She listed Russia as the "biggest threat on my mind" when she was asked by a reporter at the Paris Air Show to list the greatest threat faced by the U.S. Air Force.
"I would say the biggest threat on my mind is what's happening with Russia and the activities of Russia, and indeed that's a big part of why I'm here in Europe and having those discussions," she said. "It's extremely worrisome on what's going on in the Ukraine. We've seen the type of warfare, which someone dubbed it hybrid warfare, which is somewhat new. So I would put that at the top of my list."
The Air Force has responded by sending two theater security packages made up of A-10s and F-15Cs to Europe. Those two units are scheduled to spend six months in Europe flying missions across the continent.
About 300 airmen deployed on Feb. 13 with the 12 A-10s from the 355th Fighter Wing based out of Davis-Monthan Air Force Base, Ariz. Twelve F-15Cs with the Florida National Guard arrived in Europe a month later.
James said more units would take part in the rotational forces to Europe -- possibly even an F-22 unit.
"I could easily see the day -- though I couldn't tell you the day exactly -- when the F-22, for example, rotates in is a possibility. I don't see why that couldn't happen in the future," James said.
Gen. Frank Gorenc, commander of U.S. Air Forces in Europe, said in the past, his command had not received the priority necessary to receive a theater security package because of pressing needs elsewhere.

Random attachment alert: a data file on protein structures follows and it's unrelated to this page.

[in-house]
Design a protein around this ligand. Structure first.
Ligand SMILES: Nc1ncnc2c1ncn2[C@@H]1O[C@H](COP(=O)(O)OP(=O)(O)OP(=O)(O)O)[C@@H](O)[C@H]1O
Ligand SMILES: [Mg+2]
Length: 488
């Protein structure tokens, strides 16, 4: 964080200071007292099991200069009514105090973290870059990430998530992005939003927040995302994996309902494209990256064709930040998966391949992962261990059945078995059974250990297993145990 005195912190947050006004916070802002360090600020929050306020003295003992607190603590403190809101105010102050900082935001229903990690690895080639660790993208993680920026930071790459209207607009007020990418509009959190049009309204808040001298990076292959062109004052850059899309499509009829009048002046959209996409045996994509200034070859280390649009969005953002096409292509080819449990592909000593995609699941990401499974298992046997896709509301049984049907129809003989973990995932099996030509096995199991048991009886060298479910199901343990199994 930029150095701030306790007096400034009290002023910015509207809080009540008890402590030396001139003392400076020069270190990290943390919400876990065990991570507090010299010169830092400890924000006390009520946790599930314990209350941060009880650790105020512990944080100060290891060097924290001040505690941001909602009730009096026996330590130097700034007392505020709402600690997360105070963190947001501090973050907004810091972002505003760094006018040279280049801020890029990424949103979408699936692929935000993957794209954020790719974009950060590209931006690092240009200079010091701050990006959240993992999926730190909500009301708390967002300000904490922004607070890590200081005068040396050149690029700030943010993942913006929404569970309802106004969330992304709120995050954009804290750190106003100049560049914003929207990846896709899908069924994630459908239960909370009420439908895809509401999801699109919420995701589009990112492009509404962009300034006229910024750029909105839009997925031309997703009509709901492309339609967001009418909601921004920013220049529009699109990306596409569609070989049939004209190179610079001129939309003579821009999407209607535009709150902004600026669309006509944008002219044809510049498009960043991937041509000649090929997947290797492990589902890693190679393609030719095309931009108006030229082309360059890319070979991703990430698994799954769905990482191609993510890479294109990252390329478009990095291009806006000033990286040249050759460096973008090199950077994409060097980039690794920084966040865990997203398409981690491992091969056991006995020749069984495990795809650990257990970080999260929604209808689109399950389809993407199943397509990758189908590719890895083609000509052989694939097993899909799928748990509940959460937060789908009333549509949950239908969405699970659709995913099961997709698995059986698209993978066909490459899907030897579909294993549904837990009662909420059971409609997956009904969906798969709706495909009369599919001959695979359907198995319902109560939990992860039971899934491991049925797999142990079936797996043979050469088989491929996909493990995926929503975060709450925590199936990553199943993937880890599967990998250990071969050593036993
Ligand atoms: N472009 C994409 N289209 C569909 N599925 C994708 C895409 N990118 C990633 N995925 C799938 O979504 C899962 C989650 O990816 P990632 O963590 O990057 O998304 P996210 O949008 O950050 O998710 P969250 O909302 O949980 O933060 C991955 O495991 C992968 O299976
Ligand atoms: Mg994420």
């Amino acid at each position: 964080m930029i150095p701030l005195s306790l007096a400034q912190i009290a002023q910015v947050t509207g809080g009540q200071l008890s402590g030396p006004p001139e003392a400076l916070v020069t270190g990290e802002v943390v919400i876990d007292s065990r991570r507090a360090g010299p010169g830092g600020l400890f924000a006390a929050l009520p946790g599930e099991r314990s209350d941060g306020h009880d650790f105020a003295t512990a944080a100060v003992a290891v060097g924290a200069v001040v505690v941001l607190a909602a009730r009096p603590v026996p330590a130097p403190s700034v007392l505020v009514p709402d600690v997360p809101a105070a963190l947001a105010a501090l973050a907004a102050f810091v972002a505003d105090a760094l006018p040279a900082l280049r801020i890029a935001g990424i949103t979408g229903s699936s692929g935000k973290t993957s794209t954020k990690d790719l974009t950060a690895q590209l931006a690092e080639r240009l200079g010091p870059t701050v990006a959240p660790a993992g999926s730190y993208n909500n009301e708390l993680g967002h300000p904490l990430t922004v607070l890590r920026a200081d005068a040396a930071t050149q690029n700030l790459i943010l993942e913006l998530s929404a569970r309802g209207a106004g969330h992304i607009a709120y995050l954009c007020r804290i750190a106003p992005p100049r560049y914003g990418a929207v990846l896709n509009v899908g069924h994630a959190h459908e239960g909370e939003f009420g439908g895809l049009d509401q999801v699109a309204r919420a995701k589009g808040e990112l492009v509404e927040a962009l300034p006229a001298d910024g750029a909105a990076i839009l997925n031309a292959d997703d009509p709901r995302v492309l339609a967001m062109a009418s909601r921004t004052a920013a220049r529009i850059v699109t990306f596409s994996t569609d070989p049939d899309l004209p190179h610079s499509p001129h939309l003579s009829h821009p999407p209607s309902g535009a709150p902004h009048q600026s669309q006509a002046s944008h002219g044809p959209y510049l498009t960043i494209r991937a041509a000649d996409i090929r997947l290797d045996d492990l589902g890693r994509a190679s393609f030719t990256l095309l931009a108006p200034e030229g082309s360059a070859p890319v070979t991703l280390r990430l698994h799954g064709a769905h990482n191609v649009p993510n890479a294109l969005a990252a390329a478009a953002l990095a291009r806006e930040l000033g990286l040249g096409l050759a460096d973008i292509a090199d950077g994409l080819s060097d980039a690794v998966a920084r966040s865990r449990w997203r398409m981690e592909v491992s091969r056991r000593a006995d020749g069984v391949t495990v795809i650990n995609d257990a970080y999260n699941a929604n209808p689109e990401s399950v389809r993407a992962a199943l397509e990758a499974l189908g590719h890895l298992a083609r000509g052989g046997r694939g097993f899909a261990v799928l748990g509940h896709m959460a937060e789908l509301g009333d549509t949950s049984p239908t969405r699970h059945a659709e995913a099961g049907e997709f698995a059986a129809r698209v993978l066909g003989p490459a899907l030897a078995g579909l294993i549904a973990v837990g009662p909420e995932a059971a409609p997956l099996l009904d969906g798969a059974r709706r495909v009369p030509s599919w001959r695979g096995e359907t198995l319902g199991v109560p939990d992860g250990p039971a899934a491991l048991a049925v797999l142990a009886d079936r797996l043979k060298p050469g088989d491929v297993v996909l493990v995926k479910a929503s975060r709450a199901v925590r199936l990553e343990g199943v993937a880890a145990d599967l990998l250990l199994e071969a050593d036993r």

"Prior to the Ukraine, we were not able to get theater security packages because of other priorities in the world, but this year we were able to prioritize two theater security packages," he said.
The theater security packages are deployed for six months. Gorenc did not say who the Air Force might send to Europe next, or when.
The Air Force does not plan on increasing the level of assignment manning in Europe in response to Russia. Currently, the U.S. has 65,000 active-duty service members stationed in Europe, with the majority made up of airmen and soldiers.
The Air Force secretary, however, did not rule out increasing the assigned head count.
"It's always a possibility, but there's no plan at this time to do that. The plan at this time is to do increased levels of rotations," James said.
James is planning on holding meetings with a host of NATO allies at the Paris Air Show before traveling to U.S. Air Force units across USAFE.
She said she is talking with allied leaders about maintaining defense spending while also reassuring those NATO allies that they will receive support from the U.S. in light of Russia's aggressive tactics.
"We continue to urge all our NATO allies to hit that target that we've all committed to, 2 percent," James said. "We don't know everyone's doing it, but we continue to press."
-- Michael Hoffman can be reached at Mike.Hoffman@military.com.